The mental health support course is initiated as Andy Burnham tells The Mancunion “support often isn’t there for people in crisis moments”
The organisation Mental Health First Aid England (MHFA UK) has launched a training course designed to “enable students and staff to recognise the signs and symptoms of mental health issues.”
The one day course is designed for “anyone who works or studies in a university environment.” Objectives include being able to spot the signs of mental health issues, offer first aid and signpost students to appropriate services.
Developed in collaboration with organisation Student Minds, it is now available to universities all over England, including the University of Manchester.
It has been piloted at 16 Universities so far and is a paid course, valued at £200, but costs vary by location and instructor. Each cohort is limited to 16 people, to keep participants “safe and supported.”
Mental Health and well-being are a growing concern among students in the UK. It is estimated that 75% of mental illnesses develop by the time individuals are 24 years old.
In a press release from MHFA, the director and Higher Education lead Caroline Hounsell commented that “although students fall into a particularly at-risk group, early intervention and support can reduce many long-term impacts of mental ill health including academic failure, drop-out and limited employment prospects.”
Growing awareness has prompted a demand for more accessible mental health services on campus, putting additional pressure on University counselling services that are often overbooked and underfunded.
Andy Burnham, the Mayor of Greater Manchester, is keen to ensure his new Greater Manchester mental health strategy, which will put £80 million pounds into youth mental health support, channels funds specifically into university counselling services.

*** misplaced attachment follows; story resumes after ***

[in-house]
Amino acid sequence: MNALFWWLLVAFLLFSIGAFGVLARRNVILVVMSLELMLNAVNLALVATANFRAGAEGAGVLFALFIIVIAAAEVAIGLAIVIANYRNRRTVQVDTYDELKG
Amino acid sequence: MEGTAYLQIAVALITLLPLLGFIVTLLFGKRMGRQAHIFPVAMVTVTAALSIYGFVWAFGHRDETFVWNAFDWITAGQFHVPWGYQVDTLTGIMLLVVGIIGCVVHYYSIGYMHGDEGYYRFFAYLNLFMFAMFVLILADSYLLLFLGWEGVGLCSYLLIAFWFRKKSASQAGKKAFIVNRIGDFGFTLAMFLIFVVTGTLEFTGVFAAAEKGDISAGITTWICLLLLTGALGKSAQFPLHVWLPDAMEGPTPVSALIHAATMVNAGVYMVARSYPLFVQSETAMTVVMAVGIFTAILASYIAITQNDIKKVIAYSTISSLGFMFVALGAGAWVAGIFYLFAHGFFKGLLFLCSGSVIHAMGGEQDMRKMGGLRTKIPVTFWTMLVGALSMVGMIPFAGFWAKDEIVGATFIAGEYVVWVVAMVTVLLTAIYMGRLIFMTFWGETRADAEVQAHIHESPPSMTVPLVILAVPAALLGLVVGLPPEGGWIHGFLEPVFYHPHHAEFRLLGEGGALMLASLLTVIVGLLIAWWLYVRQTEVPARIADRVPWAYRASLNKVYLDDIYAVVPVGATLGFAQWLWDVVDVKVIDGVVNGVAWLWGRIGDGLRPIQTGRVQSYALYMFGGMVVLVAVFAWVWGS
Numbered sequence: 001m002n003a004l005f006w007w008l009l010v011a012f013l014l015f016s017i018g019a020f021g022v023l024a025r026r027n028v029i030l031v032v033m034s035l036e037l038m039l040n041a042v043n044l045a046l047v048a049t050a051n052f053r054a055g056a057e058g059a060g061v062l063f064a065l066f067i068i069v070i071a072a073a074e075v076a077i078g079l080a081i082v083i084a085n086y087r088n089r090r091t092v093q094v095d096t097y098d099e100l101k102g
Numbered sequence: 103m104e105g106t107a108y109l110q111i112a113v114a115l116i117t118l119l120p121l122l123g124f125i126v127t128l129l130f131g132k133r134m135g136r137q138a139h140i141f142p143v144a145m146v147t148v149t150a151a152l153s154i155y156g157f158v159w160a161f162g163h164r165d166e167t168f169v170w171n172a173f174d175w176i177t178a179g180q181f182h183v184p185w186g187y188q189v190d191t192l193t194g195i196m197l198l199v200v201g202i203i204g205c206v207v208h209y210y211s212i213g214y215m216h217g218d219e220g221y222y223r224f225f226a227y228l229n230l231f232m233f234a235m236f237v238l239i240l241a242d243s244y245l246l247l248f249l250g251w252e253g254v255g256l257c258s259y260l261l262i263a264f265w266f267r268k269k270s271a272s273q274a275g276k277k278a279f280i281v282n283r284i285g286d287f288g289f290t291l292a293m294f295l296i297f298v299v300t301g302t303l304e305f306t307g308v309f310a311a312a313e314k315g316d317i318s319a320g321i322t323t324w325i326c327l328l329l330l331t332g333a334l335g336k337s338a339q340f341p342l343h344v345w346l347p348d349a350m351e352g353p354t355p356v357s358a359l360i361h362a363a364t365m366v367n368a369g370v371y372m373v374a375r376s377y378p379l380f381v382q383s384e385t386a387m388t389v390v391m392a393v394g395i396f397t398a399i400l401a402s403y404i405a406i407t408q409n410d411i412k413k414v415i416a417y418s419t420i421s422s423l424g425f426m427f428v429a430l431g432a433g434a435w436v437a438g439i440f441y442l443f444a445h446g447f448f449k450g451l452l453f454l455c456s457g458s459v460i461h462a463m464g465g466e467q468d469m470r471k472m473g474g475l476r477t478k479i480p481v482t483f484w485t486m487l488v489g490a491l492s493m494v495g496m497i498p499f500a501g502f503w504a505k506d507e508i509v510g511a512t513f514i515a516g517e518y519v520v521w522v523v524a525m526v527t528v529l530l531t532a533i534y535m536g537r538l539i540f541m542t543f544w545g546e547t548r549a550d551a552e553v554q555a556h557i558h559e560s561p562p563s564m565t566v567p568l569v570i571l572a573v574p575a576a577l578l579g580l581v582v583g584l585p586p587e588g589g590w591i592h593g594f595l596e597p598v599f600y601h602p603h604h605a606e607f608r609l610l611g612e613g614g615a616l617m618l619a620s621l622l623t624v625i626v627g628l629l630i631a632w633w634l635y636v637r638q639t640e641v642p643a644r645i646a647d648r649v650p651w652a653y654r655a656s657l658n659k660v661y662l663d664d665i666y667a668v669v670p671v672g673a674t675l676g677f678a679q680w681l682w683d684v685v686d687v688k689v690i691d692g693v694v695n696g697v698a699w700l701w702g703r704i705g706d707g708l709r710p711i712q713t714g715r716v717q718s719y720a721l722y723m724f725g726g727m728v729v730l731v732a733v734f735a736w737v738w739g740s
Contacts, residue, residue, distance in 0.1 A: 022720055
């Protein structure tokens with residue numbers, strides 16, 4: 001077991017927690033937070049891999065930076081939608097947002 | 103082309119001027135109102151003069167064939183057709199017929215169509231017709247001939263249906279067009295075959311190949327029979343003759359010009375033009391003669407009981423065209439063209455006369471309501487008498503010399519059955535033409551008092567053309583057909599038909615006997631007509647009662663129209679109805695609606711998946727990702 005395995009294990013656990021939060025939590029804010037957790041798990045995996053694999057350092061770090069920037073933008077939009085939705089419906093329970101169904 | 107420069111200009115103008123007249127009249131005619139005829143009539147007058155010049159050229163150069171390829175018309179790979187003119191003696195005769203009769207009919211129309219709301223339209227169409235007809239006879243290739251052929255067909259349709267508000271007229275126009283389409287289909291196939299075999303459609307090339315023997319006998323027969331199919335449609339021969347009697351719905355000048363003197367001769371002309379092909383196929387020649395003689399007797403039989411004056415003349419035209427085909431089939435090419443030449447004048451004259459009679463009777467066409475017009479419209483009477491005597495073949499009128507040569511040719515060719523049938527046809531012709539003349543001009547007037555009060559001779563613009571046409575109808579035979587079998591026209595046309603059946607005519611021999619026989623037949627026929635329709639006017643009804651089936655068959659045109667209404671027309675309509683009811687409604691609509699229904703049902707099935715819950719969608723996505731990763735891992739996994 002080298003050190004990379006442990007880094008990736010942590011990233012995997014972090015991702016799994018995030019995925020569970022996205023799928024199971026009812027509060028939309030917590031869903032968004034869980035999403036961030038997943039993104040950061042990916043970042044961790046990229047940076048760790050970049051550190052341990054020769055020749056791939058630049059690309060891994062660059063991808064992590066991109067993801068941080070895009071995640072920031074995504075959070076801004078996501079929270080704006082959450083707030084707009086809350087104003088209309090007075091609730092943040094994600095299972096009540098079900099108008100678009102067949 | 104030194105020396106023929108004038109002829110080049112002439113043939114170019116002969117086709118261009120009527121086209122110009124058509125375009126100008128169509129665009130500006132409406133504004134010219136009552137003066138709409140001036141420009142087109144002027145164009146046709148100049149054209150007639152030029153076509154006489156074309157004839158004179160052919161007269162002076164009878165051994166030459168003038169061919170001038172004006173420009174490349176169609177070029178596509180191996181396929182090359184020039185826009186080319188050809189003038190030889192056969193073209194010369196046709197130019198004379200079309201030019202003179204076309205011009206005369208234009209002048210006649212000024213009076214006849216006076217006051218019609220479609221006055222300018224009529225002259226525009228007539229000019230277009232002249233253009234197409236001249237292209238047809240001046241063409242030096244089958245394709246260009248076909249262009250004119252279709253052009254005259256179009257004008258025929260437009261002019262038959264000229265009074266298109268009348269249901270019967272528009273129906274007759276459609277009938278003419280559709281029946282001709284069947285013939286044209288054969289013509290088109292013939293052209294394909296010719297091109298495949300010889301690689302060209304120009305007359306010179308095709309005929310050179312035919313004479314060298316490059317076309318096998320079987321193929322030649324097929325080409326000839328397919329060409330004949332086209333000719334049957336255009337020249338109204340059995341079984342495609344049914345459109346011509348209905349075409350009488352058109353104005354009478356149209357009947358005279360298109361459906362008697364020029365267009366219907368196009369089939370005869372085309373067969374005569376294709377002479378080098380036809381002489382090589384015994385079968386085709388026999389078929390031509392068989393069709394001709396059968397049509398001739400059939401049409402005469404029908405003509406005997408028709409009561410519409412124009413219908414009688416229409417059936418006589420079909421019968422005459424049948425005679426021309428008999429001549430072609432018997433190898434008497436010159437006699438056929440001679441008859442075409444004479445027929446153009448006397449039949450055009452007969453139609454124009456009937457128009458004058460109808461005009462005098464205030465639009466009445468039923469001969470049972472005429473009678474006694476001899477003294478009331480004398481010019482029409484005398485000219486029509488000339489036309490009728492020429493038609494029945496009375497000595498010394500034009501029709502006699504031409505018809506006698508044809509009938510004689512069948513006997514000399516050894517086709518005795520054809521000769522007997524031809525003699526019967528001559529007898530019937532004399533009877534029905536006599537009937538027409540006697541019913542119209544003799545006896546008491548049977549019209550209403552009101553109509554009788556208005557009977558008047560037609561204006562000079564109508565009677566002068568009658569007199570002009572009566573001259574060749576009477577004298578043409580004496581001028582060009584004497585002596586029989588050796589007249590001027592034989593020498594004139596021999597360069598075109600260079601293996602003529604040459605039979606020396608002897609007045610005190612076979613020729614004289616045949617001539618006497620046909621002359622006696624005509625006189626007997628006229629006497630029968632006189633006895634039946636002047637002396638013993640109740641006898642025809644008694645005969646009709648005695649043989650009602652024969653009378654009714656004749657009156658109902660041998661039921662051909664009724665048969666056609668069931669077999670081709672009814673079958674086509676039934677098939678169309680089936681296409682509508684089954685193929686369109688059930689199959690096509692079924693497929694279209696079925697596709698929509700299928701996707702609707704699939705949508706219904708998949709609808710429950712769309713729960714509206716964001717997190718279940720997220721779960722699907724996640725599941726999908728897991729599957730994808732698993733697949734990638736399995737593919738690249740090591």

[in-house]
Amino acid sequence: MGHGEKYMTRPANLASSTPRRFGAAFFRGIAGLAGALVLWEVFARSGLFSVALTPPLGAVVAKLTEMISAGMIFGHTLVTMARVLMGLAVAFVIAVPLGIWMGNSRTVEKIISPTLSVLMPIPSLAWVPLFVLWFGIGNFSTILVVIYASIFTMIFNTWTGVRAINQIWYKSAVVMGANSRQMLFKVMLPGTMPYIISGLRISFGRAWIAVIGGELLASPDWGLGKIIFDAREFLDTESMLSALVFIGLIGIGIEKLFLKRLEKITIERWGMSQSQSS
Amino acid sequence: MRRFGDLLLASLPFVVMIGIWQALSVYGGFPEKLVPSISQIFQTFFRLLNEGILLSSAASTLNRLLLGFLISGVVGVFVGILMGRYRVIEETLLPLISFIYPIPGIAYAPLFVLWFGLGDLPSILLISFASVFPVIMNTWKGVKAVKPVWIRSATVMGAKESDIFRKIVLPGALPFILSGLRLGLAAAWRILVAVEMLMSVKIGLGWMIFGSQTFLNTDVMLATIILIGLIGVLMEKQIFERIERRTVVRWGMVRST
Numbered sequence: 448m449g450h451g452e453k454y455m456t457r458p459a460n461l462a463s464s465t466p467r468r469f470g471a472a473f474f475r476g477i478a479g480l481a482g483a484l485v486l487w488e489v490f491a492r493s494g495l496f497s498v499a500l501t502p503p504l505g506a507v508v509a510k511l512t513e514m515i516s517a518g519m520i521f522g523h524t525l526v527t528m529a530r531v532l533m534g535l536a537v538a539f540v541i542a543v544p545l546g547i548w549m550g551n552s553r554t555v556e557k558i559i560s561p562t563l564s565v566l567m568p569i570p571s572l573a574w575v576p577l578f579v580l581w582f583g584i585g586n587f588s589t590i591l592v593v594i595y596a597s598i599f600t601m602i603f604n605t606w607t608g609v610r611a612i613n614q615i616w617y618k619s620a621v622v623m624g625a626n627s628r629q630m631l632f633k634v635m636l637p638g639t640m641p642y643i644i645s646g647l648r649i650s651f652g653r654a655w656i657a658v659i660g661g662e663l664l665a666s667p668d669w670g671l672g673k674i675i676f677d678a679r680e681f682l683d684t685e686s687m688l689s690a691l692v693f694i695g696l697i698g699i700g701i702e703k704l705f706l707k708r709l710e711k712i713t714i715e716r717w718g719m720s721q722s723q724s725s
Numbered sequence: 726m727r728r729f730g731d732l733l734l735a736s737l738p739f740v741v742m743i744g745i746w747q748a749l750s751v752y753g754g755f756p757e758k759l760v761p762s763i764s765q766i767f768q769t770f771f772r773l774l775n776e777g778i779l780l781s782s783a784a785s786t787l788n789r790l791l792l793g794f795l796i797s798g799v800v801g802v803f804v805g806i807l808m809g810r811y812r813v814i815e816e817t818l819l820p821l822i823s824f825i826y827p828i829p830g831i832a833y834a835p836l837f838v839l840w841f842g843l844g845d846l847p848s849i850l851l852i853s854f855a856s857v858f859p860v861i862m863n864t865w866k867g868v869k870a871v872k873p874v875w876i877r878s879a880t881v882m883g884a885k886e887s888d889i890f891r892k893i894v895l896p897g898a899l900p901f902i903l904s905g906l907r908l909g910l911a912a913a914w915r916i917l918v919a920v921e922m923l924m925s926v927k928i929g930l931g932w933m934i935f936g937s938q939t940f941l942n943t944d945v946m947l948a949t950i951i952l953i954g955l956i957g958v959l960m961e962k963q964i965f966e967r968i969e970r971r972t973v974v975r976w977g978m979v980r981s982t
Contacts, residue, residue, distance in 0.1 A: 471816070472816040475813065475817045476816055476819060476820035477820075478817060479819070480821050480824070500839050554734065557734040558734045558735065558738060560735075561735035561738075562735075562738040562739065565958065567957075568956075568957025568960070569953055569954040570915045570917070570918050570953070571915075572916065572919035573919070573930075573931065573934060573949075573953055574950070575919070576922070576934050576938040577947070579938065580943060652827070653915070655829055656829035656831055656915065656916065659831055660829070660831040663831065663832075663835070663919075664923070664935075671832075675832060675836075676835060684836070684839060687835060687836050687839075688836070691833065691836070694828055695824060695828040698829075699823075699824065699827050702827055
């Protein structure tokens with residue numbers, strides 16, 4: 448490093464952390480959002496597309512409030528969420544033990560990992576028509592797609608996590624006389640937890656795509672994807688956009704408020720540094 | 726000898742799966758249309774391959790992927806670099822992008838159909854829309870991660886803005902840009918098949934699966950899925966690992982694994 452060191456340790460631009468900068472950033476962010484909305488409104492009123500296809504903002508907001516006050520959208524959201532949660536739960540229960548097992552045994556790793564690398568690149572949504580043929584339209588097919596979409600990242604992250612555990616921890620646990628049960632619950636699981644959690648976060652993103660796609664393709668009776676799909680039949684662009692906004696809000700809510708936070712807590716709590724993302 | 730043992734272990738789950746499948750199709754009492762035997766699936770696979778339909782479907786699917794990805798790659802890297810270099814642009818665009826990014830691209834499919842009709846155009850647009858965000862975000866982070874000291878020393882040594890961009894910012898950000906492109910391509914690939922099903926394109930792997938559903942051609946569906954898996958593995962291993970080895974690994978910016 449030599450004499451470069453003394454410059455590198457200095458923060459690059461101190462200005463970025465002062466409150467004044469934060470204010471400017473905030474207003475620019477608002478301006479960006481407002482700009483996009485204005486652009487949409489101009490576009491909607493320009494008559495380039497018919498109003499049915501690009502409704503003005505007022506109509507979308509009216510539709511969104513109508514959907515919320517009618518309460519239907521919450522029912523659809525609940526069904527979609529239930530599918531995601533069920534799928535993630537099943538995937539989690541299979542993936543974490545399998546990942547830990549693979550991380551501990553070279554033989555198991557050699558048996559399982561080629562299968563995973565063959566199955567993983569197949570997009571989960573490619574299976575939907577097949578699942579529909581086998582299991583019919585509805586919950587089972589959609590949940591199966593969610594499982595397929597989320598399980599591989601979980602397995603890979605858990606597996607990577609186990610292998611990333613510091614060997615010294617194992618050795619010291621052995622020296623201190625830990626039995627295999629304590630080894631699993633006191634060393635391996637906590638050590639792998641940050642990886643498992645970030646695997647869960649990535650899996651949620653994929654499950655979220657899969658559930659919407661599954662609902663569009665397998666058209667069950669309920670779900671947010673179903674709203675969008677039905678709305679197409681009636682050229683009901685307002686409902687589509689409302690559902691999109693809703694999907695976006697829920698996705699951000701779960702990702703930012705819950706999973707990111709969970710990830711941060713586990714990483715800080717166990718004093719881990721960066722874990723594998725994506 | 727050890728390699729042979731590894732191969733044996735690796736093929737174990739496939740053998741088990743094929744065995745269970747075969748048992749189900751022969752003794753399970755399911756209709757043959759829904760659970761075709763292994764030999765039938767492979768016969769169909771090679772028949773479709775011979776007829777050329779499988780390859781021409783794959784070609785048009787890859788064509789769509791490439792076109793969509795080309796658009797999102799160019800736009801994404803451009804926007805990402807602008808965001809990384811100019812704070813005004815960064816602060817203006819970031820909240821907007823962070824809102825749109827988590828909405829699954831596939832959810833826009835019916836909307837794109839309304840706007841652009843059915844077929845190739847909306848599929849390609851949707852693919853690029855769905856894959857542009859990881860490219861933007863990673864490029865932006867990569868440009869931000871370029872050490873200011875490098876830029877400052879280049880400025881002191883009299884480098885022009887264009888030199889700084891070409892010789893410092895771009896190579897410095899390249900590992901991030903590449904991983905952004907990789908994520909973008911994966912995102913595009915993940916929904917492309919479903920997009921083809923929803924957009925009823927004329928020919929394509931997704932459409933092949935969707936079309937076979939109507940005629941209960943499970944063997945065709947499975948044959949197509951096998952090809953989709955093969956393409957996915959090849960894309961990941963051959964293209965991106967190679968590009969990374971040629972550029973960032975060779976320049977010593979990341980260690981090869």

Speaking to The Mancunion, Burnham stated: “We’re working with the universities on how and where to provide those services. So, yeah, a work in progress but the issue has absolutely been grasped at the very top.”
He and Greater Manchester’s chief health officer, Jon Rouse, “recognised, working with the university, that there is a gap in provision, and that support often isn’t there for people in crisis moments.”
Burnham was careful to restrain his commitments, however: “I wouldn’t want to claim that it’s all going to be miraculously fixed and it’ll be perfect from now on, I don’t think it’s as easy as that.”
Lauren Goodfellow, from the Open Mind Network society at the University of Manchester, was equally cautious with regards to the progress made in the implementation of MHFA’s training course.
Speaking to The Mancunion, she said “it’s not widely accessible and therefore doesn’t go far enough to try and tackle the mental health epidemic that is currently wracking the nation. But it is a step in the right direction.
“It’s so normal for students to struggle when starting University as it is a huge new step in their lives. Often it involves moving to a new city or a completely different country. Hopefully, this will be the first of many schemes that increase awareness and build a valuable support network for students who have mental health issues.”
The Mancunion is currently conducting an extended investigation into support provided by the university counselling service, particularly for victims of sexual abuse. Any readers with experience with the service can contact The Mancunion confidentially through private email address firstname.lastname@example.org or email@example.com.